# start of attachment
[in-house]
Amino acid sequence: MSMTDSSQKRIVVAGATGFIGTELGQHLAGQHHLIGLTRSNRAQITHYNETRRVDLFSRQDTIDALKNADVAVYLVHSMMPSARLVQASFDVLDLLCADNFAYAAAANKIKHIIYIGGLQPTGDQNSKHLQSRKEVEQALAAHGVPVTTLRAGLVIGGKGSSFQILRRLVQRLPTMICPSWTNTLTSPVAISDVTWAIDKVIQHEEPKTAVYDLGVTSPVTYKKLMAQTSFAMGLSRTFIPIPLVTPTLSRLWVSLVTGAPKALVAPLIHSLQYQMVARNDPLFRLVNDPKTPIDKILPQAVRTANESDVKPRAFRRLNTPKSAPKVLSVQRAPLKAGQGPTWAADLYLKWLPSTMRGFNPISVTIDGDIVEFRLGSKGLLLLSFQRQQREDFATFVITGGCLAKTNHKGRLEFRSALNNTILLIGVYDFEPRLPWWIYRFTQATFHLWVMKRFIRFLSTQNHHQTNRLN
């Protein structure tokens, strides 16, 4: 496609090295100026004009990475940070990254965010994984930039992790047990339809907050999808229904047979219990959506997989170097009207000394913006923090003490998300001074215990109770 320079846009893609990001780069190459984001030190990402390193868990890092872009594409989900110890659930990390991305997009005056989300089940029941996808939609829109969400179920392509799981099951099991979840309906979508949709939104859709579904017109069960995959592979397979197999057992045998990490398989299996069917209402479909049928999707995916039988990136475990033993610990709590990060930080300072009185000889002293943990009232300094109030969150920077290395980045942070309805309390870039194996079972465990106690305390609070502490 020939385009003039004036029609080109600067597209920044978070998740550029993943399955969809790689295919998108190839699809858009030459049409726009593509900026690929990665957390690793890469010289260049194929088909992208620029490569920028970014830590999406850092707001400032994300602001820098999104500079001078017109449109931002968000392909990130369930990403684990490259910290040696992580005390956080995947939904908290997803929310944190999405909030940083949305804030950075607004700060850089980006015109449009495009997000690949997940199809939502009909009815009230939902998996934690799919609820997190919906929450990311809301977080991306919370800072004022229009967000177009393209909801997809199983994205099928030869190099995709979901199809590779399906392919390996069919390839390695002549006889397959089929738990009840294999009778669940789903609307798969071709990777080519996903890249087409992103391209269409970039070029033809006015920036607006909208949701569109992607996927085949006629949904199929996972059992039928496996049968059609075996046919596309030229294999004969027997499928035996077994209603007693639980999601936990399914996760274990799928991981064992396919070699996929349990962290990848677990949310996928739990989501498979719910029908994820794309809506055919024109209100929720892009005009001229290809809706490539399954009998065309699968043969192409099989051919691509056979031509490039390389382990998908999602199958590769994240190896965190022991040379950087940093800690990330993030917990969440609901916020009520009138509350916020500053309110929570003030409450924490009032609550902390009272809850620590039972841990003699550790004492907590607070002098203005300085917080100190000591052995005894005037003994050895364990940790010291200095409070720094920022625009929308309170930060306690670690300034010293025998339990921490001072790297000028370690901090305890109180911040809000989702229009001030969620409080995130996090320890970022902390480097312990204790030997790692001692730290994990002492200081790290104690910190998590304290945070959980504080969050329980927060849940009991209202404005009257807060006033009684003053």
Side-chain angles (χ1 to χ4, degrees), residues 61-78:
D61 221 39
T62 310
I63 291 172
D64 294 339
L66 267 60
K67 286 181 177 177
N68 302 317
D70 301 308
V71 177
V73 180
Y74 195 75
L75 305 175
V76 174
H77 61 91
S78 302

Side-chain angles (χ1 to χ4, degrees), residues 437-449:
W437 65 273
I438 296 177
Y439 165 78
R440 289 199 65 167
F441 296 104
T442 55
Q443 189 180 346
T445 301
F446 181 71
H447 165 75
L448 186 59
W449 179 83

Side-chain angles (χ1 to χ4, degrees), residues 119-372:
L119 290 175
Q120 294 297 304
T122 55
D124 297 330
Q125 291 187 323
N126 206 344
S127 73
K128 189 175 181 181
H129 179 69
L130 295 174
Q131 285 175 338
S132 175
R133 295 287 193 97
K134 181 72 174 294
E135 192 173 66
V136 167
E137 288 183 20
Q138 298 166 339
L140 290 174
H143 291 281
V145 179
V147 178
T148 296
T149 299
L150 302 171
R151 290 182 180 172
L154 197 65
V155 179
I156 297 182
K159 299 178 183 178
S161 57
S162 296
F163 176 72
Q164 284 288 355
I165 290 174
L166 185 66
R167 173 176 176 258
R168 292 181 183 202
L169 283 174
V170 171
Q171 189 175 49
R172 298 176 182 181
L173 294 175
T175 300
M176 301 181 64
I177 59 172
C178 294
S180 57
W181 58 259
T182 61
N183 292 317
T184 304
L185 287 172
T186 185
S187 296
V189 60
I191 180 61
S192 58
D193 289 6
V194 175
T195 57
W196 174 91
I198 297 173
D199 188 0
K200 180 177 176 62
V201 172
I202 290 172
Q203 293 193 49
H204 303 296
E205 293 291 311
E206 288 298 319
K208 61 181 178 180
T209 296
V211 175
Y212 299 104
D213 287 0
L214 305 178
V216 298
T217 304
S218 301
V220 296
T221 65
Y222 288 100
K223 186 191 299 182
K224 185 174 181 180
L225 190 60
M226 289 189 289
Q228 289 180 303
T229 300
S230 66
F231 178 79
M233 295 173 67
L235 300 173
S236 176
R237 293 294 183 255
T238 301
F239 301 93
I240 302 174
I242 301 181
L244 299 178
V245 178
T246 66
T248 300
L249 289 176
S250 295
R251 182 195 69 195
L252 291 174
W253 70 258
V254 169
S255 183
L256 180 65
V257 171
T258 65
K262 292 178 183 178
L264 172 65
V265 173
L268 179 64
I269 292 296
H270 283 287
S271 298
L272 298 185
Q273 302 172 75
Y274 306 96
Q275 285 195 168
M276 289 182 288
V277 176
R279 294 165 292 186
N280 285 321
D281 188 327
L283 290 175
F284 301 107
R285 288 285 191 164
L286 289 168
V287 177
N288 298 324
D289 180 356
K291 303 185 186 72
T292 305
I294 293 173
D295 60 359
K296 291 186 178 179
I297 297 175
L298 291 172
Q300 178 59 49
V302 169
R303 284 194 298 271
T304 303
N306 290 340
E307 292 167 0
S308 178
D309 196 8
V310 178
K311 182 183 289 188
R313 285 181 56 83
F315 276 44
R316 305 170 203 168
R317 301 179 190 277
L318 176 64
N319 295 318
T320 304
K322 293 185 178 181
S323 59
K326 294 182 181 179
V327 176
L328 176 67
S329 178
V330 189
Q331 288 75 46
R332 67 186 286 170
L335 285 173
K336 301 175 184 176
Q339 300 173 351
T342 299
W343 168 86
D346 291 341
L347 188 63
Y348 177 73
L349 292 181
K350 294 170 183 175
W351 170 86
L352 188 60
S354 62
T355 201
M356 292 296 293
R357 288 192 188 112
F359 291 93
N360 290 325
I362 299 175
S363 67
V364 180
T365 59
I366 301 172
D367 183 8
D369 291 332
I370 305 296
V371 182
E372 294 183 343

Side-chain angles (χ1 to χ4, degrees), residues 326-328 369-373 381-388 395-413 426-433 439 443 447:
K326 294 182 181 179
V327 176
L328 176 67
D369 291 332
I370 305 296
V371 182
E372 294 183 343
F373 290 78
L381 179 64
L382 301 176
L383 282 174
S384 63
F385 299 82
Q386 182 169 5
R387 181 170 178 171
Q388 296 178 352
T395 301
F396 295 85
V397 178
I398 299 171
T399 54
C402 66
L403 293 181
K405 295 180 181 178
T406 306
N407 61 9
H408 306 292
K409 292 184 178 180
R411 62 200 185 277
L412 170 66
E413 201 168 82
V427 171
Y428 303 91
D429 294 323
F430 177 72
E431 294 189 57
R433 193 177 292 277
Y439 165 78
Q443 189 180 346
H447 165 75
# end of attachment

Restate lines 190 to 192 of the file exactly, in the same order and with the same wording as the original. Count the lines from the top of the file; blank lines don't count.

R317 301 179 190 277
L318 176 64
N319 295 318